Monthly Archives: August 2010

Evolutionary and Developmental Precursors for the Human Mathematical Mind

Now that summer is starting to fade, here is something else to look forward to: The 2010-2011 American Scientist Pizza Lunch speaker series returns next month.

Join us at noon, Tuesday, Sept. 21 here at Sigma Xi to hear Duke University cognitive psychologist Elizabeth Brannon give a talk entitled: “Evolutionary and Developmental Precursors for the Human Mathematical Mind.” In other words, Brannon studies what we all take for granted: our ability to do the numbers. She does it, in part, with studies of human babies and other primates.

Thanks to a grant from the N.C. Biotechnology Center, American Scientist Pizza Lunch is free and open to science journalists and science communicators of all stripes. Feel free to forward this message to anyone who might want to attend. RSVPs are required (for the slice count) to cclabby@amsci.org

Directions to Sigma Xi, the Scientific Research Society in RTP, are here: http://www.sigmaxi.org/about/center/directions.shtml

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Lots of great stuff today – here is a sampling:
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Hydrogen Bonding (video)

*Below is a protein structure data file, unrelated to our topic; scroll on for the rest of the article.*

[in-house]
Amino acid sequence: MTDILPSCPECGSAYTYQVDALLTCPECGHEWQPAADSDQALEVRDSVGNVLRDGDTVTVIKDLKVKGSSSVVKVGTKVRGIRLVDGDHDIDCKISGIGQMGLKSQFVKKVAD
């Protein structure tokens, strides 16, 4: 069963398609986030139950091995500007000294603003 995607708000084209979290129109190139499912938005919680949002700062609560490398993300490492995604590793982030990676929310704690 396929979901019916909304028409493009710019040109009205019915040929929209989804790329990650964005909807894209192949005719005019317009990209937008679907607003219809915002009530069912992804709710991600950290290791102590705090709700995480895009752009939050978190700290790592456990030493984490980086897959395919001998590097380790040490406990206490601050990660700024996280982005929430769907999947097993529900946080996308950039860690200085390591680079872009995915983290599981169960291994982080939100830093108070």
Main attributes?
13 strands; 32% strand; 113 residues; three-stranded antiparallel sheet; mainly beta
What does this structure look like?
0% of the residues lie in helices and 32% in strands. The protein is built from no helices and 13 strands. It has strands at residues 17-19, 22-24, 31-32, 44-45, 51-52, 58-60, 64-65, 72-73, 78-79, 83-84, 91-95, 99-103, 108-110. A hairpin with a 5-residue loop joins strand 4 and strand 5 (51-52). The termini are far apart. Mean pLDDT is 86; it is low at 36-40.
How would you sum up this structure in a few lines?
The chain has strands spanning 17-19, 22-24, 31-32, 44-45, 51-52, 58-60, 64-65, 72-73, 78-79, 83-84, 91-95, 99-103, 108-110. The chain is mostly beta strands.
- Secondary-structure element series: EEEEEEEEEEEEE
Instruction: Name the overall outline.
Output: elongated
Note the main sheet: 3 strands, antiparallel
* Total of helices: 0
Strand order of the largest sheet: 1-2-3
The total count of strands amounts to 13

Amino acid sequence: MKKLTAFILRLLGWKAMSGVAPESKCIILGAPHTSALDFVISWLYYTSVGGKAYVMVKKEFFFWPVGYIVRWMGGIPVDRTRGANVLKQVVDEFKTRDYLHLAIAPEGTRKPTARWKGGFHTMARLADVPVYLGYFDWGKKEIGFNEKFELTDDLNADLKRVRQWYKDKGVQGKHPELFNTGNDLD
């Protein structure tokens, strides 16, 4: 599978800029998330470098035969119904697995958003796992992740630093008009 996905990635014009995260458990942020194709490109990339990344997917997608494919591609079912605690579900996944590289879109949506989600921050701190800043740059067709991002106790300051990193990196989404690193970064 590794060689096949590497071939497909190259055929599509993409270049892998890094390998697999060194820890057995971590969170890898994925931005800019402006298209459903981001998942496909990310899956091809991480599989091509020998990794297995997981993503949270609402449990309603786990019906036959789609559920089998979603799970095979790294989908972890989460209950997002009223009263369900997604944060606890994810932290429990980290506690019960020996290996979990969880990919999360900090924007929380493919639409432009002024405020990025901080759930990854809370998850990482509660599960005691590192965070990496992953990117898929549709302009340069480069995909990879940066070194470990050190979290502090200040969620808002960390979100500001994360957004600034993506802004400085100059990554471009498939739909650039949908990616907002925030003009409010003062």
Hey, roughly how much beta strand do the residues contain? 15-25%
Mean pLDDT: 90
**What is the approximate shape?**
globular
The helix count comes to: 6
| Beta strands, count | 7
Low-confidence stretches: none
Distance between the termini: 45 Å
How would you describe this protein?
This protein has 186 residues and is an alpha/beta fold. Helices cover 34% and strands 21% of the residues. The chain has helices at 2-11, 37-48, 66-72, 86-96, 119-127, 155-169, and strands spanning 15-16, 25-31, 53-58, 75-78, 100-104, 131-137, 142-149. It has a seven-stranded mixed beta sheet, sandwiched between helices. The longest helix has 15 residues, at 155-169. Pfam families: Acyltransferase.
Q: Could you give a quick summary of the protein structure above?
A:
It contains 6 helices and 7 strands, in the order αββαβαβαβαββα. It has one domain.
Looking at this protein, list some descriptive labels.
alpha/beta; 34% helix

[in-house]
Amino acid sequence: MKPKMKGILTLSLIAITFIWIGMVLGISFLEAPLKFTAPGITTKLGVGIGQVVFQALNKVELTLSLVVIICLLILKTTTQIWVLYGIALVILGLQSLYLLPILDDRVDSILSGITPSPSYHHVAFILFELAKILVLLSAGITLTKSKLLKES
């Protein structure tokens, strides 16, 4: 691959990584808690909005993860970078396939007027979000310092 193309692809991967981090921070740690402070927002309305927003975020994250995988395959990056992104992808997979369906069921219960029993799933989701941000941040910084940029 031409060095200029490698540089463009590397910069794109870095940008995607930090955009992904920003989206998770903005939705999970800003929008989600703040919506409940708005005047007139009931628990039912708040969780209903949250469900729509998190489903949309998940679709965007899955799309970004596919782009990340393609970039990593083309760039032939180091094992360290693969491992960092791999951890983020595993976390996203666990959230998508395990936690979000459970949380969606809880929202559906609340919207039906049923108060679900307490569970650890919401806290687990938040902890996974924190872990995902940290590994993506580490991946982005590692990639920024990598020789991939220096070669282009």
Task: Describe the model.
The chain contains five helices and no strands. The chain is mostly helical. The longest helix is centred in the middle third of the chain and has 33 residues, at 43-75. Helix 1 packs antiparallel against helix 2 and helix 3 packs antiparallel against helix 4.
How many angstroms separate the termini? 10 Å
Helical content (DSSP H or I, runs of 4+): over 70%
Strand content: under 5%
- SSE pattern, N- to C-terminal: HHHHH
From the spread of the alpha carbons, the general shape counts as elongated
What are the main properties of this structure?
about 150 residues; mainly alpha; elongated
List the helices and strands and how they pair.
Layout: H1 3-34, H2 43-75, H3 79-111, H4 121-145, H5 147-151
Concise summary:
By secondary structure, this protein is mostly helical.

Grand Rounds Vol. 6 No. 49 – a conference in a tropical island resort

The summer is almost over, but we can try to remain in the summery mood just a little bit longer. Perhaps we can go to a medical conference held at a luscious tropical island resort, listen to presentations, chat in the hallways, and then have great fun at the bar in the evenings. And call it Grand Rounds. No coats and ties allowed – this meeting is supposed to be fun!

Day 1 – Morning session: Biomedical Science

Let’s start with controversy! Laika’s MedLibLog digs into the XMRV controversy with another comprehensive treatment prompted by the newest paper in the field – Does the NHI/FDA Paper Confirm XMRV in CFS? Well, Ditch the MR and Scratch the X… and… you’ve got MLV. And Abbie at ERV covers the same paper without mincing her words – ouch! – in XMRV and chronic fatigue syndrome: Scientific Blue Balls.

Diane Meier at The John A. Hartford Foundation blog wrote a review and summary of a blockbuster study on palliative care and quality (and length!) of life: Palliative Care: We Still Have a Lot to Learn.

Day 1 – afternoon session: The Brain and The Mind

SharpBrains contributors have two entries this week. The first one is by Jo Ellen Roseman and Mary Koppel at AAAS: The Brain in Science Education: What Should Everyone Learn? The second one is Why working memory matters in the knowledge age: study by Dr. Tracy Alloway.

How to Cope with Pain reviews exciting, new, non-invasive and non-medication treatments for pain, in Brain Re-training To Decrease Pain.

Will Meek, PhD is working through human psychology, one post at a time. The latest installment is Romantic vs Committed Love.

Dinah at Shrink Rap, differentiating normal moods from those associated with mental illness: Emotion versus Mental Illness.

Day 1 – hallway conversations: Practice, Patients, Nursing and Cases